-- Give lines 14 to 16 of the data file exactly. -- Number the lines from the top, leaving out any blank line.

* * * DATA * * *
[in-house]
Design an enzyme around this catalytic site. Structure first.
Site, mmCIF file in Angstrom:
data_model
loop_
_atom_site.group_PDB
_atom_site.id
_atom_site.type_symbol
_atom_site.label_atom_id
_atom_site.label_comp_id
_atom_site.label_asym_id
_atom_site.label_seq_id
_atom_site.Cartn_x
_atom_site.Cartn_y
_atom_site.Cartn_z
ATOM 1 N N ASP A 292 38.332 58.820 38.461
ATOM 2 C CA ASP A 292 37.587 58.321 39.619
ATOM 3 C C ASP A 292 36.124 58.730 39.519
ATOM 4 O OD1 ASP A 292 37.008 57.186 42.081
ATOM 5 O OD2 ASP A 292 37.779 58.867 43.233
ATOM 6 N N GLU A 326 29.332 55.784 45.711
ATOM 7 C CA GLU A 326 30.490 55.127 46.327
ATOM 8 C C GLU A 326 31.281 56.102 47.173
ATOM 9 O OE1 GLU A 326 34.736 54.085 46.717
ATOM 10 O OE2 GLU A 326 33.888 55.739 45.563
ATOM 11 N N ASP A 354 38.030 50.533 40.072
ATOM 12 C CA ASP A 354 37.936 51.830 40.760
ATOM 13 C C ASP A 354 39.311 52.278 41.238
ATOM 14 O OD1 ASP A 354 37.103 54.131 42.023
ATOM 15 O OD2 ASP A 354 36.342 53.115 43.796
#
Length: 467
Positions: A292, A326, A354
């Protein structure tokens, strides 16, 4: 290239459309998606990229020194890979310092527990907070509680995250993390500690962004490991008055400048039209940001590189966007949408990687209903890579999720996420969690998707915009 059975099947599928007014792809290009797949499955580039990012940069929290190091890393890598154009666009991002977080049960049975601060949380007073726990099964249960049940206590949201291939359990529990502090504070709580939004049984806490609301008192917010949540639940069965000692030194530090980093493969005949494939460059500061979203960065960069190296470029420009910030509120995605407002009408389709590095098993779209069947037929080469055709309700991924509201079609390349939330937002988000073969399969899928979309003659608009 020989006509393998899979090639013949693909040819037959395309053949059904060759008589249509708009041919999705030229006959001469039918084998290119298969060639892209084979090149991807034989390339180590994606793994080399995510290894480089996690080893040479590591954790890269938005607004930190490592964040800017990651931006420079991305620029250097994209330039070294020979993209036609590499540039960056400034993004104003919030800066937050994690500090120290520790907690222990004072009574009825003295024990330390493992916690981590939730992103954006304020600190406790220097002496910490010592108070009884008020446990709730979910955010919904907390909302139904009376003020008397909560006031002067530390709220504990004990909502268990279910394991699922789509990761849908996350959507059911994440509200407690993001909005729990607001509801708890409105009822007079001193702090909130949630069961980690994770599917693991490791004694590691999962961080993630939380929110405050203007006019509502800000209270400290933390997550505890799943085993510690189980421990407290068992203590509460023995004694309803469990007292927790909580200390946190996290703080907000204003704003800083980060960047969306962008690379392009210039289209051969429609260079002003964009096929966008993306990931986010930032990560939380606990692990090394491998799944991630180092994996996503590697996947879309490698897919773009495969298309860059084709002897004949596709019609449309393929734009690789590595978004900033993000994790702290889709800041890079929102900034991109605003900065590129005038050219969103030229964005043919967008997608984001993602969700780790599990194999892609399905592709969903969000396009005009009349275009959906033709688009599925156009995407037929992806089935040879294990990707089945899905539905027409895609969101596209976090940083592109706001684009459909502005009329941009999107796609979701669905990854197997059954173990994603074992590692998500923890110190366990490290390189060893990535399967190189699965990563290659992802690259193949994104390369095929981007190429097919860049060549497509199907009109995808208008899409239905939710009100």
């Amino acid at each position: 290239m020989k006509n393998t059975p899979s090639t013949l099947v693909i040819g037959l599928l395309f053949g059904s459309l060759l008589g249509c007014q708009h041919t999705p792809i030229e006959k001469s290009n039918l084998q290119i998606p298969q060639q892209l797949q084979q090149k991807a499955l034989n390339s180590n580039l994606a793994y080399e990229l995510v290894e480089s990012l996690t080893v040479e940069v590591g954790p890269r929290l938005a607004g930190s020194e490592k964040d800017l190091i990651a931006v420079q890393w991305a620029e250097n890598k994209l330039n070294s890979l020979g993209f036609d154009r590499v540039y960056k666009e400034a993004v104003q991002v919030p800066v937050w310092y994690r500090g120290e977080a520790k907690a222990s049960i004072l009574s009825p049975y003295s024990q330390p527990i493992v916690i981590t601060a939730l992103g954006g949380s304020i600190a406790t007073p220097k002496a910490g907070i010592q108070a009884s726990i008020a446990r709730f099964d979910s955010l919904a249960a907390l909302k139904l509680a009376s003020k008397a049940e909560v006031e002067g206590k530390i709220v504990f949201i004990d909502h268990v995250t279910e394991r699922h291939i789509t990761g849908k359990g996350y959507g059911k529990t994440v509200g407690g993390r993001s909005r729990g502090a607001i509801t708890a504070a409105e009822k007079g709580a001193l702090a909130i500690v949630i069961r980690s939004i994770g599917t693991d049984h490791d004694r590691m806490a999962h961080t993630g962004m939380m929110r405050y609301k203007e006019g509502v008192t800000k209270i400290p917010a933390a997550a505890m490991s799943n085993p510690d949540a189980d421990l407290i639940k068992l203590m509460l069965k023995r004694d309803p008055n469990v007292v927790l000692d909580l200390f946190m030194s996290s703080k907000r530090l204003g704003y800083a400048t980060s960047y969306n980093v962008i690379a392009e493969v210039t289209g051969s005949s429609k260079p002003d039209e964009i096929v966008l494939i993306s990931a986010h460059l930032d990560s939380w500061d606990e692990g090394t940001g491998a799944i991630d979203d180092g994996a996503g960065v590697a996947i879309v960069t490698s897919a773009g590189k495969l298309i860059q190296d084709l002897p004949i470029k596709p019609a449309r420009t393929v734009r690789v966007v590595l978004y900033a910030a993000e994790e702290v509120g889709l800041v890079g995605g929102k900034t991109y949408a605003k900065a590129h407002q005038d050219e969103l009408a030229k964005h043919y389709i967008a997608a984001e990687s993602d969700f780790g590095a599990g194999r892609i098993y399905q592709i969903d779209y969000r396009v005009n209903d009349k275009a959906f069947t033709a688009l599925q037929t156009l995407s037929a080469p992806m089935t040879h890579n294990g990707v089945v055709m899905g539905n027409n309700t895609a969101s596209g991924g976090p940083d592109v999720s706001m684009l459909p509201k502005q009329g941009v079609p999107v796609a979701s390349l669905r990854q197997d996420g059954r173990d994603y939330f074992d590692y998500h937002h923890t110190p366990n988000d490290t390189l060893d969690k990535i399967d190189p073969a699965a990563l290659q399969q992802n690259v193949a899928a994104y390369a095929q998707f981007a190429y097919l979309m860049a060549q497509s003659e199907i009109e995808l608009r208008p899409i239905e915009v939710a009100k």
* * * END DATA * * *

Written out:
_atom_site.Cartn_y
_atom_site.Cartn_z
ATOM 1 N N ASP A 292 38.332 58.820 38.461